Saturday, November 15, 2014

G20 meeting in Brisbane, Australia

Pop Francis
Pope Francis: ‘There are constant assaults on the natural environment, the result of unbridled consumerism, and this will have serious consequences for the world economy.’ Photograph: Riccardo De Luca/AP
A prayer for the G20: God, we pray that policy makers from G20 countries will open their ears to the cry of the poor; we pray for tougher anti-corruption and tax transparency regulations to take place. And we pray that each nation would implement the new standards. In Christ Jesus we pray. Amen.

The G20 is taking place in Australia over the weekend, with world leaders meeting to discuss the world economy. The G20 is the premier forum for its members’ international economic cooperation and decision-making. This year they will discuss to discuss ways to strengthen the global economy and implement the key economic reforms that are needed in each member economy.

Today, Saturday 15th November, is the first official day of the G20 Leaders' Summit. Along with the leaders, approximately 4000 delegtes will also be in attendance to discuss global economic systems.

“The G20 is an opportunity to secure key agreements between governments of some of the world’s largest economies to help crack down on tax evasion, tax avoidance and corruption - activities which particularly harm developing countries.” Mark Zirnsak, Tax Justice Network, Australia

I've learned that it is customary for the Pope to send a letter to these kinds of gatherings of world leaders. In his most recent letter, Pope Francis has called on G20 leaders to be “examples of generosity” in meeting the needs of refugees, while also taking action against inequality and environmental attacks.

In a letter to the Australian Prime Minister, Tony Abbott, who is hosting the G20 summit in Brisbane this weekend, the Pope emphasized the need for efforts to curb climate change, eliminate the root causes of terrorism and prevent financial system abuse.

The Pope told Abbott the G20 preparatory work highlighted “the fundamental imperative of creating dignified and stable employment for all”, but he urged leaders not to forget that many lives were at stake behind the political and technical discussions.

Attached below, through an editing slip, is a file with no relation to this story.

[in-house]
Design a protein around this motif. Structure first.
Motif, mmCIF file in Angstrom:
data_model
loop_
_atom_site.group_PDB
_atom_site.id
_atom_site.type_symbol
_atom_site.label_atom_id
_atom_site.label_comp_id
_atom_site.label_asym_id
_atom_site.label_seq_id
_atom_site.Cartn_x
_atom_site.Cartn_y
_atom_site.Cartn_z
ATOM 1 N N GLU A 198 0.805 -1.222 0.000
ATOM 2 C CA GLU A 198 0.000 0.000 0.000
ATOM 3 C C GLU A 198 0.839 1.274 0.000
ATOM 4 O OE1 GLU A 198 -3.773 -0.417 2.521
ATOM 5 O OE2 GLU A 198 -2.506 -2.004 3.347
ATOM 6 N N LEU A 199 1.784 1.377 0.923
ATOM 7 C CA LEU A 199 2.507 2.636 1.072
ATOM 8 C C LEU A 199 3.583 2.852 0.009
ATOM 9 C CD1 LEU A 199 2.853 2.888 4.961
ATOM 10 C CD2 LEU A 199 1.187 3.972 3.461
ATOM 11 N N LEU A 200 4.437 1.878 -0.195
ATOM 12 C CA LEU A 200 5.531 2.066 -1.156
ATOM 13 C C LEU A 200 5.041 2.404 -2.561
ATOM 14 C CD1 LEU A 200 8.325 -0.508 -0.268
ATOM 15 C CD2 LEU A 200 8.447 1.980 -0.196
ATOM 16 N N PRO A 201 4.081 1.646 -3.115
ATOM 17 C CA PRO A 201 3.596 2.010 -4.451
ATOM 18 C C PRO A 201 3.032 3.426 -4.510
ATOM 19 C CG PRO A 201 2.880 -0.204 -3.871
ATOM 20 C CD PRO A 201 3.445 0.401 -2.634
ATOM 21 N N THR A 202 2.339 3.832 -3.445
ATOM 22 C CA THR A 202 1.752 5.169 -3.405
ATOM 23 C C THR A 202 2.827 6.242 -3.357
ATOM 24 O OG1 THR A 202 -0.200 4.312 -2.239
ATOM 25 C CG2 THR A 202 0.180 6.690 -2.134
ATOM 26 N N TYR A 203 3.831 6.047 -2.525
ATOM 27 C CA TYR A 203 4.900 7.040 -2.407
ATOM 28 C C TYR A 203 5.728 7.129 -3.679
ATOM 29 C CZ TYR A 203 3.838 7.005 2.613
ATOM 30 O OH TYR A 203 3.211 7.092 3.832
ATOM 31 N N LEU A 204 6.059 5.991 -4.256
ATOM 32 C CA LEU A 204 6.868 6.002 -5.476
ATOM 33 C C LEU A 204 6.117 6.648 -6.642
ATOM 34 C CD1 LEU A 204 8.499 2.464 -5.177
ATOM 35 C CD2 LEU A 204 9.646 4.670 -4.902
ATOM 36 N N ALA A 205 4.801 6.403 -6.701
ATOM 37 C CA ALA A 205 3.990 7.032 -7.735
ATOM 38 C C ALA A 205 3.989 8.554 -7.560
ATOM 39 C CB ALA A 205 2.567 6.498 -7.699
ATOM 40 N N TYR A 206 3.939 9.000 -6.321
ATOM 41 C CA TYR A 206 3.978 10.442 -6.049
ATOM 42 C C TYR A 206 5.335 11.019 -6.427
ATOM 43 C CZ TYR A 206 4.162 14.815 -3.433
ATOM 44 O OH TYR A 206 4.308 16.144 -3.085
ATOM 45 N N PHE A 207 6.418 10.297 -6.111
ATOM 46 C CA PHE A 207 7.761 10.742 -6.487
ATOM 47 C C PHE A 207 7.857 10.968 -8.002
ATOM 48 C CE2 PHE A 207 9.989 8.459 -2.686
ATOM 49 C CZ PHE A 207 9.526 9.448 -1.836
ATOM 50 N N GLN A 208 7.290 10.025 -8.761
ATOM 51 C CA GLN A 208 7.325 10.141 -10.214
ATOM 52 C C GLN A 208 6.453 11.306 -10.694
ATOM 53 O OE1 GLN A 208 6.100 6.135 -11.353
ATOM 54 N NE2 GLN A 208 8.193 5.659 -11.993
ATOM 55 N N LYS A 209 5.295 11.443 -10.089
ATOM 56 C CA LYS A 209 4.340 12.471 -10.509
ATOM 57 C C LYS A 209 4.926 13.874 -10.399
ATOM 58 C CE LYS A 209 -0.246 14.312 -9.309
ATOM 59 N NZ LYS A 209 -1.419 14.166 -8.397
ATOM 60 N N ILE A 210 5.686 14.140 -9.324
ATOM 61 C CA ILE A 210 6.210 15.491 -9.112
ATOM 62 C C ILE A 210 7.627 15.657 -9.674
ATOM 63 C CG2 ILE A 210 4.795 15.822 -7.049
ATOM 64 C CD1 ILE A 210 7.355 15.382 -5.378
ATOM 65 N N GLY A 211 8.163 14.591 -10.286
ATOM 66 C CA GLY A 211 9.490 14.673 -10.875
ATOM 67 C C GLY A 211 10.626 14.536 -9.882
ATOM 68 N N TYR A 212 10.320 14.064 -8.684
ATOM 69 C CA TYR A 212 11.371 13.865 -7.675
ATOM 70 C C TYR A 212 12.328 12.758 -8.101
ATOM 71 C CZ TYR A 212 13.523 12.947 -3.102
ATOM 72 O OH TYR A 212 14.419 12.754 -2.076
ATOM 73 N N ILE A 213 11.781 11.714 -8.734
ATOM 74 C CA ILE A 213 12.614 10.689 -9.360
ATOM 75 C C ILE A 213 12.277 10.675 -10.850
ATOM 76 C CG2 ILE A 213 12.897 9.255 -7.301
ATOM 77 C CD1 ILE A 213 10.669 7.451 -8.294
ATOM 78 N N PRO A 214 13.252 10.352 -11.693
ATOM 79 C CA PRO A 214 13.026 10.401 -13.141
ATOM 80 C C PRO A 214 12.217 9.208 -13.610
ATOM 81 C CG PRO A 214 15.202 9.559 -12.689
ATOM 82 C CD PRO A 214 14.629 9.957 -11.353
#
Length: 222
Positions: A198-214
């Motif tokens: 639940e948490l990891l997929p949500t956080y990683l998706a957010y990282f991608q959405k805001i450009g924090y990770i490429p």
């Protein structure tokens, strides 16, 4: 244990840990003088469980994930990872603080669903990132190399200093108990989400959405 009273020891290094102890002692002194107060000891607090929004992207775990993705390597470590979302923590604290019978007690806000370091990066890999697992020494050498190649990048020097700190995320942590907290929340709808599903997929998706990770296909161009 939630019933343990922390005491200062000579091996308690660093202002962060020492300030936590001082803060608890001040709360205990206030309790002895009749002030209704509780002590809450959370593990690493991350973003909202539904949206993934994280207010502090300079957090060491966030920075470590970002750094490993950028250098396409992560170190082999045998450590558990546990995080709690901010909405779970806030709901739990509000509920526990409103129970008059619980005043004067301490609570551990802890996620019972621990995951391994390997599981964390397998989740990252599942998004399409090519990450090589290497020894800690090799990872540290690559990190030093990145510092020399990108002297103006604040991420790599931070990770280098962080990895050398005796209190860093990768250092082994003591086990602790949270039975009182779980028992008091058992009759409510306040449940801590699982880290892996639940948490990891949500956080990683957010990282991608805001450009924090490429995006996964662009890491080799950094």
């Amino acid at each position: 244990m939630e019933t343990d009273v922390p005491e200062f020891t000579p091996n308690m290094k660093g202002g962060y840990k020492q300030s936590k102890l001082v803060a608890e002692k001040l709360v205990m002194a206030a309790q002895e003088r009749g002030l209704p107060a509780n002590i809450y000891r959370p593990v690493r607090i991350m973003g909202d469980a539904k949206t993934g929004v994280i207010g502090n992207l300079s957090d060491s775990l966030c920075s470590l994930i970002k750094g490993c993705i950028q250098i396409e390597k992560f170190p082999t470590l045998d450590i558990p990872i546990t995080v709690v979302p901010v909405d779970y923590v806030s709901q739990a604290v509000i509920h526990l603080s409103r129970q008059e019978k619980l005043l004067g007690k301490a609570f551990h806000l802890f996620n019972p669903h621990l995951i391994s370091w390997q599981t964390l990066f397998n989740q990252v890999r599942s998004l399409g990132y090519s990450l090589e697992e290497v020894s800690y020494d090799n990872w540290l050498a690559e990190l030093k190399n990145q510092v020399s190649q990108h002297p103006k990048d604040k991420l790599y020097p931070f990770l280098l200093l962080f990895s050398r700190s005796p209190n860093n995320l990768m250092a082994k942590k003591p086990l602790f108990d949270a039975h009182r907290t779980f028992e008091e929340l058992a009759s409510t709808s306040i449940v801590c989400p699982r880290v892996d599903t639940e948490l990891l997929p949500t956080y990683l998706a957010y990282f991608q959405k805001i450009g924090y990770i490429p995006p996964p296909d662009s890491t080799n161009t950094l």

“Throughout the world, the G20 countries included, there are far too many women and men suffering from severe malnutrition, a rise in the number of the unemployed, an extremely high percentage of young people without work and an increase in social exclusion which can lead to criminal activity and even the recruitment of terrorists,” the pope said in the letter released by the Vatican on Tuesday.

In addition, there are constant assaults on the natural environment, the result of unbridled consumerism, and this will have serious consequences for the world economy.

"It is my hope that a substantial and productive consensus can be achieved regarding the agenda items. I likewise hope that the assessment of the results of this consensus will not be restricted to global indices but will take into account as well real improvements in the living conditions of poorer families and the reduction of all forms of unacceptable inequality. I express these hopes in light of the post-2015 development agenda to be approved by the current session of the United Nations assembly, which ought to include the vital issues of decent work for all and climate change".

The Pope referred to “the terrible backdrop of military conflicts” and called for “an ever broader agreement which can lead, through the United Nations legal system, to a definitive halt to the unjust aggression directed at different religious and ethnic groups, including minorities, in the Middle East”.

“It should also lead to eliminating the root causes of terrorism, which has reached proportions hitherto unimaginable; these include poverty, underdevelopment and exclusion,” the Pope said. “It has become more and more evident that the solution to this grave problem cannot be a purely military one, but must also focus on those who in one way or another encourage terrorist groups through political support, the illegal oil trade or the provision of arms and technology. There is also a need for education and a heightened awareness that religion may not be exploited as a means of justifying violence.”

Military conflicts left “deep scars” and resulted in unbearable humanitarian situations around the world, the Pope said.

“I take this opportunity to ask the G20 member states to be examples of generosity and solidarity in meeting the many needs of the victims of these conflicts, and especially of refugees,” he said.

The Pope also called on G20 leaders to protect citizens from other “forms of aggression” including “abuses in the financial system such as those transactions that led to the 2008 crisis, and more generally, to speculation lacking political or juridical constraints and the mentality that maximisation of profits is the final criterion of all economic activity”.

“A mindset in which individuals are ultimately discarded will never achieve peace or justice,” he wrote. “Responsibility for the poor and the marginalised must therefore be an essential element of any political decision, whether on the national or the international level.”

Let us join the Pope in prayers for the G20. The Pope said he invoked “divine blessings on all taking part” in the Brisbane summit “and on all the citizens of the G20 countries”. He told Abbott: “With this letter I offer my prayerful encouragement for the deliberations and outcome of the summit … I offer you my prayerful best wishes for the successful conclusion of Australia’s presidency and I willingly assure you of my highest consideration.”

Source: Daniel Hurst, The Guardian
Prayer diary here.

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